The New York Highlanders, predecessors of the New York Yankees, wear pinstripes uniforms for the first time while facing the Boston Red Sox in Opening Day at Hilltop Park. In the first inning, Boston scores a run against pitcher Ray Caldwell‚ while New York respond with two runs in the bottom against Smoky Joe Wood. That is all the scoring until the ninth inning‚ when the Sox score four runs‚ including two on a Wood single. Boston wins‚ 5–3‚ on Wood's seven hitter.
May 17 – Fenway Park is officially dedicated, almost one month after hosting its first game, as the Boston Red Sox host the Chicago White Sox playing in front of an overflow crowd. Nevertheless, the home town fans had their day spoiled as the White Sox trimmed the Red Sox, 5–2.
October 16 – The Boston Red Sox defeat the New York Giants, 3–2, in Game 8 of the World Series, ending one of the most exciting Series in Major League history. The Red Sox win the World Championship four games to three (with Game 2 being declared a tie). Nearly all of the games were close. Four games in this series were decided by one run. A fifth ended in a tie. A sixth was decided by two runs. Game 7 was the only one with a margin greater than three runs. Two games, including the decisive Game 8, went to extra innings. In Games 1 and 3, the losing team had the tying and winning runs on base when the game ended. This was the first time in which a World Series was decided in the last inning of the final game, in "sudden death" or "sudden victory" fashion. It was also the first Series where a team within one inning of losing came back to win. The next time a team that close to elimination recovered to win was in Game 6 of the 1986 Series.
September 5 – Tug Arundel, 50, catcher who played with four teams in two leagues from 1882 to 1888.
September 7 – Bugs Raymond, 30, pitcher who posted a 45–57 record and a 2.49 ERA in 136 games for the Tigers, Cardinals and Giants between 1904 and 1911.
September 15 – Al Barker, 73, who pitched one game for 1871 Rockford Forest Citys of the National Association.
September 26 – Cherokee Fisher, 67, star pitcher before and after the official beginning of professional baseball, known for his blazing fastball, who led the National Association in 1872 with a .909 W-L% and a 1.80 ERA.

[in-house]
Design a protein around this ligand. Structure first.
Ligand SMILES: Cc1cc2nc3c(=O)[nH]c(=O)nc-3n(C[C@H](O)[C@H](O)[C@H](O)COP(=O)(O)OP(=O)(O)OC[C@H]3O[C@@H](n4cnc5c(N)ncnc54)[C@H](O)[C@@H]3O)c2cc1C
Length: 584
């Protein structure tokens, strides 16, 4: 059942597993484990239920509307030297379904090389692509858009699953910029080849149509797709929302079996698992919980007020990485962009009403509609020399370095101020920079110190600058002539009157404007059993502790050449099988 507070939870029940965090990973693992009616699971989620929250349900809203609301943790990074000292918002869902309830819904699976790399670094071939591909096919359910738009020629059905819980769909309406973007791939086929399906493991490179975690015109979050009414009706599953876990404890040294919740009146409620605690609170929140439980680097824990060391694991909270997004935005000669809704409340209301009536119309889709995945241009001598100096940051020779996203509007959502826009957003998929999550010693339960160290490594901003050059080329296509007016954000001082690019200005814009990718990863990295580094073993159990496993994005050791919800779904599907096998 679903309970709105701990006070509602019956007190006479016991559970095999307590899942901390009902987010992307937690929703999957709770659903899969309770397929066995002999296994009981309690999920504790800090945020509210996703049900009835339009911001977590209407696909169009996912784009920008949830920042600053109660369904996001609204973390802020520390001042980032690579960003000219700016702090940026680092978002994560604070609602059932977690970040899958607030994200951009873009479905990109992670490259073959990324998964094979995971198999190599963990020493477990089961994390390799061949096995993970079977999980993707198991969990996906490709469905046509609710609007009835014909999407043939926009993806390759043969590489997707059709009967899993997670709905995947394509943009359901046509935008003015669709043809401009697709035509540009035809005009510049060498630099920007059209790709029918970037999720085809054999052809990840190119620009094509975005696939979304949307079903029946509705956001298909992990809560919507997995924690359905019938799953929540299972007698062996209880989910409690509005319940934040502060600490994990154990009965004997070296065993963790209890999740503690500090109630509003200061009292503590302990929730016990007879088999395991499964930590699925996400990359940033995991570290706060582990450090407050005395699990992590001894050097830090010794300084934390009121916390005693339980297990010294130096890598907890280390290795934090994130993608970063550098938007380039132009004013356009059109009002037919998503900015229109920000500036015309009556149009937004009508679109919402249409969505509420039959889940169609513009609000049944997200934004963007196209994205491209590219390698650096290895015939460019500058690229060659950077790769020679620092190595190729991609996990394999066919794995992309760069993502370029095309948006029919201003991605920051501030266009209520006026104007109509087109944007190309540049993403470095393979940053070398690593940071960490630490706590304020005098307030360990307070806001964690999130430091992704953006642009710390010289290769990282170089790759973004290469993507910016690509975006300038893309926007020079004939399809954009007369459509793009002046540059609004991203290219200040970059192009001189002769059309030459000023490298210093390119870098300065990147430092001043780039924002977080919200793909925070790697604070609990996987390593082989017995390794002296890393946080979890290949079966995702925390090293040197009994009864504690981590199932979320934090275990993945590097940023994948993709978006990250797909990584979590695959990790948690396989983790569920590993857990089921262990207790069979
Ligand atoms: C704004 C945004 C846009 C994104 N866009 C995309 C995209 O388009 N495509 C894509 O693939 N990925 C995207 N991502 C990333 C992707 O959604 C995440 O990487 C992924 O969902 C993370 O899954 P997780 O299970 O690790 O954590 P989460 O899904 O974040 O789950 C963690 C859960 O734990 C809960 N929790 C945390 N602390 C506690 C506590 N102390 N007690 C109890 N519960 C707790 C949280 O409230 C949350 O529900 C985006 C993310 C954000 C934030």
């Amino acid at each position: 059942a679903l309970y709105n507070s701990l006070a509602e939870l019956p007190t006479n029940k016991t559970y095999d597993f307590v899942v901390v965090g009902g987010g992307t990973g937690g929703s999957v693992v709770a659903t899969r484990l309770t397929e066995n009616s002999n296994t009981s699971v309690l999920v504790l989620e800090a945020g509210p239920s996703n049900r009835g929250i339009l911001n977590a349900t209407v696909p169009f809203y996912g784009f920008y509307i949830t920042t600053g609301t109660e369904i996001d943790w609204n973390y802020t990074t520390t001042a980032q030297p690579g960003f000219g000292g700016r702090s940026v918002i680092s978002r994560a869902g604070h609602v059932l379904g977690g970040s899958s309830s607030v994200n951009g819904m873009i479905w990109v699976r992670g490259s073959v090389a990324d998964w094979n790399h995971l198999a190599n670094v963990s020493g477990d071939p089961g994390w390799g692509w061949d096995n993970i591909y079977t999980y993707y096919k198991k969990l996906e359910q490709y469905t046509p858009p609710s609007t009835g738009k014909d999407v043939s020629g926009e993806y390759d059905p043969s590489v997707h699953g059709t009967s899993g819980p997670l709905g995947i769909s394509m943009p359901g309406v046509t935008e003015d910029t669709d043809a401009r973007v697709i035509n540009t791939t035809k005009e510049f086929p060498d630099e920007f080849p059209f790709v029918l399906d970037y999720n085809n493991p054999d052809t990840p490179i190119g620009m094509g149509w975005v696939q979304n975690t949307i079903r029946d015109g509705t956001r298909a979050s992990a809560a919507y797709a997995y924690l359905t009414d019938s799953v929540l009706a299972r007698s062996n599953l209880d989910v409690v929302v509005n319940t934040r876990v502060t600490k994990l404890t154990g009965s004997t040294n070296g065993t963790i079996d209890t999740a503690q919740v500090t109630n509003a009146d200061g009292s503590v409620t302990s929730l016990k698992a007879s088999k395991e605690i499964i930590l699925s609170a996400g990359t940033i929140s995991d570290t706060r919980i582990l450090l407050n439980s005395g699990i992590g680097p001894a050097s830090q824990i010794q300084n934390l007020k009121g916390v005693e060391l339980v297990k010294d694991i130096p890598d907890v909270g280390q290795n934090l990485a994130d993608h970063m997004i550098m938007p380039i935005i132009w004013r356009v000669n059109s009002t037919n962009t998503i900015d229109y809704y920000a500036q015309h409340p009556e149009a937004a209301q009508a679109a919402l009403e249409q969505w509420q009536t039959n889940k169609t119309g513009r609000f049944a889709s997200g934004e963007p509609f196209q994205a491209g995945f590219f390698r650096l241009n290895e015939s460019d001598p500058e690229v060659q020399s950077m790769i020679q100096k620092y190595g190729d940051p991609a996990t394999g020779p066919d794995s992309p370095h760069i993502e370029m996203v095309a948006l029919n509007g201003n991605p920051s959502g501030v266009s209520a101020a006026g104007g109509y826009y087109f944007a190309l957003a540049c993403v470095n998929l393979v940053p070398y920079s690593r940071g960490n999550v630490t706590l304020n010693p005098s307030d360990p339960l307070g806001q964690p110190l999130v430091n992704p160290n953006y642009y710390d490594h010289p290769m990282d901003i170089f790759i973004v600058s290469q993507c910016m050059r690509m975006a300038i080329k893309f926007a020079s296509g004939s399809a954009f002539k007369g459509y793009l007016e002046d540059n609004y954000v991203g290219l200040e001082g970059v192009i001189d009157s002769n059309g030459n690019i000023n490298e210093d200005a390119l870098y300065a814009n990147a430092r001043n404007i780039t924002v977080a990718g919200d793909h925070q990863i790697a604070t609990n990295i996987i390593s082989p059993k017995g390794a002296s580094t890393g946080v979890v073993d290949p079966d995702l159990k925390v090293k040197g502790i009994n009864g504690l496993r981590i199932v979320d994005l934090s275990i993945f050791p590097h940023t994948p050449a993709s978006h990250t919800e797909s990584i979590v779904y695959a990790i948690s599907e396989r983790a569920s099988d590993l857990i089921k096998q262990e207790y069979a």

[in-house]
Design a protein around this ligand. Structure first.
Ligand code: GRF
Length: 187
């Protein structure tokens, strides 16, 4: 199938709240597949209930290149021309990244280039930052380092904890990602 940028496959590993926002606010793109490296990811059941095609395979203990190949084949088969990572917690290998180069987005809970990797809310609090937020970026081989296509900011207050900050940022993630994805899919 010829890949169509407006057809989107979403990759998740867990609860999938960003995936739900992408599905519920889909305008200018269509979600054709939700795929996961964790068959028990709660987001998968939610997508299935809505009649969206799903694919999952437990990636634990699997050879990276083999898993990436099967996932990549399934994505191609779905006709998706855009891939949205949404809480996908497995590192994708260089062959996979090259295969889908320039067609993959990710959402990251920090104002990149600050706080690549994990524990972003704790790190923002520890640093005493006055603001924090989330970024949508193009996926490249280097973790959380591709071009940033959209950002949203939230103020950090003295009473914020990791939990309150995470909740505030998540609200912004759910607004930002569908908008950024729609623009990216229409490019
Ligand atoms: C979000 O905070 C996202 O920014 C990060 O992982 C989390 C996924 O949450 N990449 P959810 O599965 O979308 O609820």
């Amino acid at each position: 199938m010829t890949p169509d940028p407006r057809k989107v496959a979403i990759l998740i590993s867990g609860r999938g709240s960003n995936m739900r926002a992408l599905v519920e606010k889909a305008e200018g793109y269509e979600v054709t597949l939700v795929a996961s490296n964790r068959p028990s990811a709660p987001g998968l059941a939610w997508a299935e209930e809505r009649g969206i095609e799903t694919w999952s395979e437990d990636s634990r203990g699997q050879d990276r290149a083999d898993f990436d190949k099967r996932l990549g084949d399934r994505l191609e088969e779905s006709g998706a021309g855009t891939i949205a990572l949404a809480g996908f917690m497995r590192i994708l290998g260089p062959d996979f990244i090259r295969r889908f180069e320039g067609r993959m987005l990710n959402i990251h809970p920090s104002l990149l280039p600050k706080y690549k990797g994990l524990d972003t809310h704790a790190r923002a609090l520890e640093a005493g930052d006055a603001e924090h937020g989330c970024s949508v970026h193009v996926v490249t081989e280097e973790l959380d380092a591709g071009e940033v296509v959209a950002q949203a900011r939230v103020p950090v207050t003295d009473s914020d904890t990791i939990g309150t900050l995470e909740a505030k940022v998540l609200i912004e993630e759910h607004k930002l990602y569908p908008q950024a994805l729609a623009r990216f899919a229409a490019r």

October 1 – Bill Boyd, 59, National Association IF/OF/P and manager between the 1872 and 1875 seasons.
October 4 – George Knight, 56, pitcher for the 1875 New Haven Elm Citys of the National Association.
October 6 – Bill Finley, 49, National League catcher/outfielder for the 1886 New York Giants.
October 8 – Heinie Heitmuller, 29, outfielder who played from 1909 to 1910 for the Philadelphia Athletics.
October 10 – Bill Tobin, 58, National League third baseman for the Troy Trojans and Worcester Ruby Legs during the 1880 season.
October 20 – John Skopec, 32, American League pitcher for the Chicago White Sox (1901) and Detroit Tigers (1903).
October 21 – Charlie Waitt, 59, outfielder/first baseman for the Orioles/Browns/White Stockings/Quakers from 1875 to 1883.
October 24 – Piggy Ward, 45, OF/IF who hit .286 with 172 runs and 90 RBI in 221 games with the Senators/Orioles/Reds/Quakers/Pirates from 1883 to 1894.
November 1 – Ed Green, 52, pitcher/infielder for the 1890 Philadelphia Athletics of the American Association.
November 4 – Frank Murphy, 36, National League OF/IF who hit a combined .219 average in 80 games for the Boston Beaneaters and New York Giants in 1901.
November 8 – Cupid Childs, 45, second baseman for the Spiders/Orphans/Stars/Perfectos/Quakers from 1888 to 1901, a .306 career hitter with 1214 hits, who topped the American Association in doubles (1890) and the National League in runs (1892), while ranking third all-time in walks (991) upon retirement.
November 11 – John Rainey, 48, OF/IF for the New York Giants of the National League (1887) and the Buffalo Bisons of the Players League (1890).
November 15 – Dennis O'Neill, 45, first baseman for the 1893 St. Louis Browns of the National League.
November 26 – John T. Brush, 67, owner of the New York Giants from 1890 until the time of his death, who also owned the Indianapolis Hoosiers in the late 1880s and the Cincinnati Reds from 1891 to 1902.
November 27 – Fred Corey, 57[?], 3B/P/OF who posted a 27–46 record and hit a .246 average for the Providence Grays, Worcester Ruby Legs and Philadelphia Athletics between 1878 and 1885.
December 12 – Jim Green, 58, third baseman for the 1884 Washington Nationals of the Union Association.
December 21 – Jim Conway, 54, American Association pitcher who posted a 22–29 record and a 3.64 ERA in 56 games with the Brooklyn Atlantics (1884), Philadelphia Athletics (1885) and Kansas City Cowboys (1889).
December 21 – Jim Gilman, 42, third baseman the 1893 Cleveland Spiders of the National League.
December 22 – Ed Kennedy, 51, third baseman for the Cincinnati Outlaw Reds of the Union Association in 1884.
December 31 – Charlie Sprague, 48, pitcher who went 10–7 with a 4.51 ERA in three seasons with the Chicago White Stockings (1887), Cleveland Spiders (1889) and Toledo Maumees (1890).